Any turkey tips

Discussion in 'Turkeys' started by Chick_in_Indiana, Apr 7, 2008.

  1. Chick_in_Indiana

    Chick_in_Indiana Songster

    Dec 14, 2007
    NE Indiana
    I have 6 turkey eggs in the bator (and 30 chicken) I wont be keeping all the turkies, just 2. How old do they need to be before you can sex them?
    Also does anyone have a turkey 101 site. I need to know if they will go in at night w/ my chickens, guineas, and ducks or if they need a coop of their own. And other useful info. Thanks, Krista
  2. silkiechicken

    silkiechicken Staff PhD

    I'm new at the turkey thing too! I heard that the males can start to strut as early as a few weeks! I'd venture to guess you'll have to watch for secondary sex characteristics which may take a few months.
  3. kstaven

    kstaven Crowing

    Jan 26, 2007
    BC, Washington Border
    Personally I would coop seperately. Turkeys can kill chickens and ducks with ease and will often be very territorial.
  4. SueNH

    SueNH Songster

    Feb 24, 2007
    I keep my turkeys with the chickens. No problems but mine all do roam free during the day. Makes a difference in squabbles.

    Turkeys do want more perch room at night and will boot the chickens off to get the room they want.

    Both males and females strut when very young. It starts to fall off as the females get older. I have one hen that will still strut from time to time and she's 2 years old. A few others will puff up and give a quick strut if the boys are getting too annoying.

    You really can't tell them apart until secondary sex characteristics like caruncles start forming. By 3 months I have suspicions about what sex is who. By 4 months I'm getting pretty sure. By 6 months I've got it figured. Harder to tell than chickens by far.

    Yahoo groups Rare Heritage Turkey is the best info I've found so far.
  5. PearlD

    PearlD Songster

    Apr 15, 2007
    Northwest Alabama
    I have had the same experiences with my turkeys. Males and females do strut .....I had one hen strut when she was a couple of weeks old. Of course at the time I was convinced she was a he.

    Also, I have a group home for quirky poultry. I have one Giant hen who the other hens pick she packed up and moved in with the turkeys.[​IMG] They get on great....she actually sleeps under my broad breasted hen. Which, IMHO can be deadly:lol: (The kids call her Large Marge.)

    The sexing part is the most fun to me. One day your convinced its a tom......and the next, its a hen.....No Wait! Tom? Really, when you hear it gobble....I think you'll know for sure:p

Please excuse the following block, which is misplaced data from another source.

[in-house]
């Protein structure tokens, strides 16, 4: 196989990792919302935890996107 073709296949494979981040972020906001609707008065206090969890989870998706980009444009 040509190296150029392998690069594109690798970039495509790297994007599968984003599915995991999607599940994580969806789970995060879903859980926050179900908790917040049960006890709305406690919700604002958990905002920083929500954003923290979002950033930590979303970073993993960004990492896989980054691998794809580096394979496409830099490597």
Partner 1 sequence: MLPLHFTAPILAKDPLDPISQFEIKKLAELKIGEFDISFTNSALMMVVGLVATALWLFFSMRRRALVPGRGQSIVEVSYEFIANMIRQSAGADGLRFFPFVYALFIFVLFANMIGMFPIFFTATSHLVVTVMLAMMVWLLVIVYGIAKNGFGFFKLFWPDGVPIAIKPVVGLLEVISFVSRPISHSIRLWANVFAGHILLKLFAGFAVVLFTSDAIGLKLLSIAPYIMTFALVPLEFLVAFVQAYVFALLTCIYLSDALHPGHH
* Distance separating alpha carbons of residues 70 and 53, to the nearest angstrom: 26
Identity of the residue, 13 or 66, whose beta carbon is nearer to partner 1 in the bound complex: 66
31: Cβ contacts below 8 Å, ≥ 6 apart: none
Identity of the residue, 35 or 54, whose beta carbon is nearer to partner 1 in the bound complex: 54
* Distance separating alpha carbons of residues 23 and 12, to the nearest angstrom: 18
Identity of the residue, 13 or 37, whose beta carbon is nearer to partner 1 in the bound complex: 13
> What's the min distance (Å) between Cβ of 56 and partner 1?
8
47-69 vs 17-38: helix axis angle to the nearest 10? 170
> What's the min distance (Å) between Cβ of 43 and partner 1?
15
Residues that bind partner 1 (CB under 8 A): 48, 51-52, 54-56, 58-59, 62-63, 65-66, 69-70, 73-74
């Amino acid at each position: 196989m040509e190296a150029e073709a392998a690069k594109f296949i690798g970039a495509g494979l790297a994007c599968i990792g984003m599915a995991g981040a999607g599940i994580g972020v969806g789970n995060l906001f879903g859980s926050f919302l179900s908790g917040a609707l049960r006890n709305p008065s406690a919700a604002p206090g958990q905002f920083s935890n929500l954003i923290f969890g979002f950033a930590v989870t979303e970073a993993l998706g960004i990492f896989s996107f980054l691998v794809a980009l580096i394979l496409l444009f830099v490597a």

6. silkiechicken

    silkiechicken Staff PhD

    Oh great, so I can't see though strutting... Mine will be food in about 4 months... so hopefully someone gobbles by then!
  7. justusnak

    justusnak Flock Mistress

    Feb 28, 2007
    South Eastern Indiana
    I got my turkeys last year, they were I think 3 or 4 months old. The Tom had much thicker legs.
  8. poultrypal

    poultrypal In the Brooder

    Apr 16, 2007
    Our turkeys were between 3 and 4 mo old when we could pick out the males. Our chickens and turkeys do fine together when free ranging. I think the biggest issue with housing them together is black head disease which chickens can carry(only fatal in small percentage). Tukeys are very susceptible to this and fatality is usually very high. This scared me at first but we have had everybody together for a long time and they are all doing great!
  9. FarmGirl01

    FarmGirl01 Songster

    Feb 5, 2008
    My turkeys perfer to fly on top of the barn at night. They will sleep with the chickens if the weather is bad.
    I also had a hen that strutted. I didn't know it was that common. How funny. Right now my hens are broody. I am soooo exicited about it.
    I believe they do good together because they have enough space to move around. Not much fighting going on.
    They can be hard to sex until you hear the gooble. Then you know.
  10. Frosty

    Frosty Songster

    Mar 30, 2008
    Actually, turkeys are pretty easy to sex as day-olds. Look at the little bump where the snood is (the worm like thing that hands when the male displays as an adult). It's a bigger bump on males, and a skinny little thing on females. Hard to describe, but you can tell when they are side by side. One thing about turkey eggs (and other larger birds such as peafowl and geese). They are more prone to legs problems if the egg is standing on end in the incubator. They do a lot better if they are laying on their side with the pointy end tilted down a little.

    Check with your ag department to see if blackhead is a problem in your area (of see if any neighbors have turkeys and if they have problems). It isn't a problem where I am, I keep turkeys in with the chickens during the winter (then only need one water heater). What kind of turkeys are they, and where did you get the eggs?
    Last edited: Apr 13, 2008

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